Researchers show sustainably produced electricity can be turned into something physical and useful – such as bioplastics

Researchers show sustainably produced electricity can be turned into something physical and useful – such as bioplastics

April 11, 2019
Marcia González

Microbes can be used to grow bioplastics, a sustainable alternative to traditional plastics

Researchers in Arts & Sciences at Washington University in St. Louis, Missouri, have figured out how to feed electricity to microbes to grow green, biodegradable plastic, the Journal of Industrial Microbiology and Biotechnology has reported.

“As our planet grapples with rampant, petroleum-based plastic use and plastic waste, finding sustainable ways to make bioplastics is becoming more and more important. We have to find new solutions,” said Arpita Bose, assistant professor of biology in Arts & Sciences.

Renewable energy currently accounts for about 11% of total US energy consumption and about 17% of electricity generation.

One of the main issues with renewable electricity is energy storage: how to collect power generated during the sunny and windy hours and hold it for when it is dark and still. Bioplastics are a good use for that “extra” power from intermittent sources, Bose suggests – as an alternative to battery storage, and instead of using that energy to make a different type of fuel.

Her laboratory is among the first to use microbial electrosynthesis to wrangle a polymer called polyhydroxybutyrate (PHB) from electricity-eating microbes. The plastic they are making is “sustainable, carbon-neutral and low-cost”, Bose said.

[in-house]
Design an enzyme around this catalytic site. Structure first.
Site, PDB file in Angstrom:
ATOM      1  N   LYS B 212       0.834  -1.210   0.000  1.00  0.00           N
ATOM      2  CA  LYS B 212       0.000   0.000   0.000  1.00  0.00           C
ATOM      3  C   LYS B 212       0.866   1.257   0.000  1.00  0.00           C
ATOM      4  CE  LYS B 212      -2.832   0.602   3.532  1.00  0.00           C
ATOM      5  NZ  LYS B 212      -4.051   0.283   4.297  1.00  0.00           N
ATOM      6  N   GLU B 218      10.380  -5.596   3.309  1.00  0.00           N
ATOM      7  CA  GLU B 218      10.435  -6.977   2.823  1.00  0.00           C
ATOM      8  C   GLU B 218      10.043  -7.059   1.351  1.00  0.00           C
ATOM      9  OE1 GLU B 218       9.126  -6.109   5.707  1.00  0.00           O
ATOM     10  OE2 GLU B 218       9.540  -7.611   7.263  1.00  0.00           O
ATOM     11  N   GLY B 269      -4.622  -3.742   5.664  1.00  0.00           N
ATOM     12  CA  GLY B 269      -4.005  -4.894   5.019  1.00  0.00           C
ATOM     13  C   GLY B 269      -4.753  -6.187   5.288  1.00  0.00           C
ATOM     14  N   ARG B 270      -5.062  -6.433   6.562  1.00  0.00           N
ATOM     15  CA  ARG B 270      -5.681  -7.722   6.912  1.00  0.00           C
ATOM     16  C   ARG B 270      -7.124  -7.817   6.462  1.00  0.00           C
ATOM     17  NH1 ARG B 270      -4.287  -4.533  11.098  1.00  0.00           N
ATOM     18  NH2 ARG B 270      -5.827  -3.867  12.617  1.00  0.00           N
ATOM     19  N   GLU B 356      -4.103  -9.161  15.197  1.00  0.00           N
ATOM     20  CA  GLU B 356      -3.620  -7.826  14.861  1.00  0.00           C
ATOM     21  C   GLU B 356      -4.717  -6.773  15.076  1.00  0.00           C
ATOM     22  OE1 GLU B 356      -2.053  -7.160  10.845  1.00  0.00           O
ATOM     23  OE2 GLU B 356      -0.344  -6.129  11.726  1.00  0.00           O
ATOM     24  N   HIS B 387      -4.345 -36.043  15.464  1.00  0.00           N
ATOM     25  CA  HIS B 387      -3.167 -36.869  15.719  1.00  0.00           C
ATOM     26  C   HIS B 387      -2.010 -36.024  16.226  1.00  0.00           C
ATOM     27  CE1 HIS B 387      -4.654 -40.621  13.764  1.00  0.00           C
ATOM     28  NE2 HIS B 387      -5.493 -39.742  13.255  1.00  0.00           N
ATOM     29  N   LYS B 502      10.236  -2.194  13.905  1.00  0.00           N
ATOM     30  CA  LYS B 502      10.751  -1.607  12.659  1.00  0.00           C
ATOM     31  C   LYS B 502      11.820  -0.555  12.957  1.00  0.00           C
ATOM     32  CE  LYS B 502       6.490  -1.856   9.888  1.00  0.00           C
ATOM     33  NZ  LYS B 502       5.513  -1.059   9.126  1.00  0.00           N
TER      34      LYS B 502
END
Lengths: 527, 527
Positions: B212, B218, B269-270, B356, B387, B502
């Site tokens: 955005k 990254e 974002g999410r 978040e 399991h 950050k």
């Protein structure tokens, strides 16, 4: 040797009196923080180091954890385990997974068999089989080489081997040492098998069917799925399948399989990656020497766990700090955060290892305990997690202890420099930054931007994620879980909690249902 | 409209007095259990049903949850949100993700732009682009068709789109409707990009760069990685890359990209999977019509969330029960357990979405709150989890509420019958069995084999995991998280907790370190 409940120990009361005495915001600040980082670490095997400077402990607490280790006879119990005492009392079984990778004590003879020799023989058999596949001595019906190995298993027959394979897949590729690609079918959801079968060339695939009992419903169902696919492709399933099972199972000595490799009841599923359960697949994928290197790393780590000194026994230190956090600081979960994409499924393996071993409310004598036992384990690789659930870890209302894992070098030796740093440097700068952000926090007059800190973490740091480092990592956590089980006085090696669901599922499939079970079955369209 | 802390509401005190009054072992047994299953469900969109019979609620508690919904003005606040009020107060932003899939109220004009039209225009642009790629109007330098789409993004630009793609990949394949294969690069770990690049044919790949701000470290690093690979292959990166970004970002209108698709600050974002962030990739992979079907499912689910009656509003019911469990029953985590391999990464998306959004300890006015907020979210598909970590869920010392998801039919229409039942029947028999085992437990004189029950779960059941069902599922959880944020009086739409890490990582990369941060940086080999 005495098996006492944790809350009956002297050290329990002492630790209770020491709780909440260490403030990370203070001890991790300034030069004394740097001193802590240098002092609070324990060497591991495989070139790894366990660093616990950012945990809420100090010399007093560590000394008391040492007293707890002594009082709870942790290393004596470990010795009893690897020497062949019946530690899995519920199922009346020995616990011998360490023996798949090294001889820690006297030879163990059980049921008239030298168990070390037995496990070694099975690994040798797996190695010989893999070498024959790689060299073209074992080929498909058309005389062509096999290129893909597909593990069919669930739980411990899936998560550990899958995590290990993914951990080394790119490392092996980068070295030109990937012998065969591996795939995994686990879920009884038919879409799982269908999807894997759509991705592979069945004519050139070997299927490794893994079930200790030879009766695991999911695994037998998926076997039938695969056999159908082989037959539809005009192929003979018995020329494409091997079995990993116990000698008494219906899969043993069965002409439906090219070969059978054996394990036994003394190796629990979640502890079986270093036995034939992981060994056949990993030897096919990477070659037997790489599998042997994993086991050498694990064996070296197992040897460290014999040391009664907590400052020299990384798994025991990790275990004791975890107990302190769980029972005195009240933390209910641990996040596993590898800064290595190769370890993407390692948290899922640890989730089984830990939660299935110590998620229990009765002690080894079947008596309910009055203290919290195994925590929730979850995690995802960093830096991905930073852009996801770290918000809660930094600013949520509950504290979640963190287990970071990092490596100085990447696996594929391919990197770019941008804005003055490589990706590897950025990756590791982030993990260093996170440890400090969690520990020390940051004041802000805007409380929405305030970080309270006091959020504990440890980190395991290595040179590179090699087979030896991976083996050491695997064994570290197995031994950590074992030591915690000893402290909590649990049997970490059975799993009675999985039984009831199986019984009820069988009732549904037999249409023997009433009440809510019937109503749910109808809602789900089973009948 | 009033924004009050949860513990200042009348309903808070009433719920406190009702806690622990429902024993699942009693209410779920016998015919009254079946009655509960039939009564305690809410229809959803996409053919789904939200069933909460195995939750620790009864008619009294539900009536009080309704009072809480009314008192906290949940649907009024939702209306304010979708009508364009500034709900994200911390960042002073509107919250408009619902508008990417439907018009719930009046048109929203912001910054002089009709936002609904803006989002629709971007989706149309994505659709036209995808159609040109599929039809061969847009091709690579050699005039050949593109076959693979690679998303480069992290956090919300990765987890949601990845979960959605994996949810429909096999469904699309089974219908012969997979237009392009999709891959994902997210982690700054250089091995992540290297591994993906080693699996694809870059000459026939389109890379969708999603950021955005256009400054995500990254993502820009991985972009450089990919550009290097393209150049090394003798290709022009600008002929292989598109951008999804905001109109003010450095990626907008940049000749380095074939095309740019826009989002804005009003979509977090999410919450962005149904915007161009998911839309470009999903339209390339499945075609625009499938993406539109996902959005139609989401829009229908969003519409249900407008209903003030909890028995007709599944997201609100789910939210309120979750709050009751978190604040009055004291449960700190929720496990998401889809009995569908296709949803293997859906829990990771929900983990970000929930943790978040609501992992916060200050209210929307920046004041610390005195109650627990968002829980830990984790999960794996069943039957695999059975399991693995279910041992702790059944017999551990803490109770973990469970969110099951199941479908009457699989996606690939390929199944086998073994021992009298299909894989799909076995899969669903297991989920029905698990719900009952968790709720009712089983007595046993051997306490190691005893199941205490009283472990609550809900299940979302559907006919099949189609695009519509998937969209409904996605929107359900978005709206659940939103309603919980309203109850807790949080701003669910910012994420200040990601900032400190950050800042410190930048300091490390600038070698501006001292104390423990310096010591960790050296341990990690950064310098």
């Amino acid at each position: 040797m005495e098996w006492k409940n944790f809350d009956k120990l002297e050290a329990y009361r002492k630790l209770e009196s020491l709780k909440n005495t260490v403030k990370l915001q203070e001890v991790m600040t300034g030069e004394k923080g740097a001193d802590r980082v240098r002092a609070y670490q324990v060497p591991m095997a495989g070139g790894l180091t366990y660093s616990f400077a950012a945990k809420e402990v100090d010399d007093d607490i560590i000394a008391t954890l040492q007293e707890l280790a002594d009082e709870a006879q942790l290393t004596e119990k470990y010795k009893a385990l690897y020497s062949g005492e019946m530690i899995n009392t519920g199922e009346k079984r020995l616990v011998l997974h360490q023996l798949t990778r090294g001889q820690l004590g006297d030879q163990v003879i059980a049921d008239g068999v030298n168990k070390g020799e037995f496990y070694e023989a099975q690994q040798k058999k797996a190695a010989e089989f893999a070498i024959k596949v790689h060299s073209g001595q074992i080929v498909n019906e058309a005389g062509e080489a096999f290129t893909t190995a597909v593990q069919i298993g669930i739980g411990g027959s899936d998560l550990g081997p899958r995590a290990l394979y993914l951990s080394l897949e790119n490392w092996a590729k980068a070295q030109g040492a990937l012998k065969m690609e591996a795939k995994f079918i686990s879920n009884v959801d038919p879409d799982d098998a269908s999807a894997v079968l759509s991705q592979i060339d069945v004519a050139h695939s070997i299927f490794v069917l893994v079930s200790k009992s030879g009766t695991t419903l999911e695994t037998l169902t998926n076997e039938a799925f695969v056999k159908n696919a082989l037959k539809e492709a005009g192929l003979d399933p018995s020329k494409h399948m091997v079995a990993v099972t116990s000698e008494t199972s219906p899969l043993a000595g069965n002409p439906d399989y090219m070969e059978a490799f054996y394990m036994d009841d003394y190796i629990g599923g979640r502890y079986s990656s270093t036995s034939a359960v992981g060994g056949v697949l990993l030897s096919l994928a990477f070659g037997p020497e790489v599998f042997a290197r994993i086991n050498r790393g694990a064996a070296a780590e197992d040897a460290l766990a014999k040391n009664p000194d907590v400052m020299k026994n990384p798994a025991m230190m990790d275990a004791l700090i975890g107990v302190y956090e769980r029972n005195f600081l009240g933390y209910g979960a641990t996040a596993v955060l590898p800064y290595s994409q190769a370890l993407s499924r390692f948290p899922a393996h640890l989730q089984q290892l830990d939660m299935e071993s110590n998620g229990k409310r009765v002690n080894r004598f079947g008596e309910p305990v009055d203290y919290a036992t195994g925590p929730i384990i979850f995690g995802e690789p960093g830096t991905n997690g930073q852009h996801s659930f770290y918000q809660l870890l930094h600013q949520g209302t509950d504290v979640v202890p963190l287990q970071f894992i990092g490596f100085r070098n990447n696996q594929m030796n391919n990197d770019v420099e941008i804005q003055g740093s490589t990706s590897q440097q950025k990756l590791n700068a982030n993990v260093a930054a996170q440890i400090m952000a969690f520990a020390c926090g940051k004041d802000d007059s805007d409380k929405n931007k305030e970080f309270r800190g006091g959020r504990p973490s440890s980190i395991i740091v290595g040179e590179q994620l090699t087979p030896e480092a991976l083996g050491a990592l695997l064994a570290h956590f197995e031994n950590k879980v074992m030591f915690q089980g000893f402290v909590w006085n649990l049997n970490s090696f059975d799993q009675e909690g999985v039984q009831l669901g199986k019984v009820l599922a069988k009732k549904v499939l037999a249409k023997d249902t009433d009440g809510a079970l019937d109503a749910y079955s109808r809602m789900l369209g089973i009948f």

“One of the major challenges in bioplastic production is the substrate input, which affects cost,” added Tahina Ranaivoarisoa, a research technician in the Bose laboratory and first author of the new paper. “A versatile bacterium such as R. palustris TIE-1 – which can effectively use just carbon dioxide, light and electrons from electricity or iron for bioplastic production – broadens the substrates that could be used in bioplastic production.”

Bose believes that microbially derived bioplastics have a future role to play in space, where astronauts could use 3D printer technology to manufacture their own tools instead of transporting everything ready-made from Earth.

“Our observations open new doors for sustainable bioplastic production not only in resource-limited environments on Earth, but also during space exploration and for in situ resource utilization on other planets,” Bose said.

Plastic Free World Conference & Expo 2019 will take place from Thursday 27 June to Friday 28 June, at the Kap Europa, Frankfurt Messe, Frankfurt, Germany. To register for this highly focused and solutions-driven event, please click here. For sponsorship and exhibition opportunities, please email

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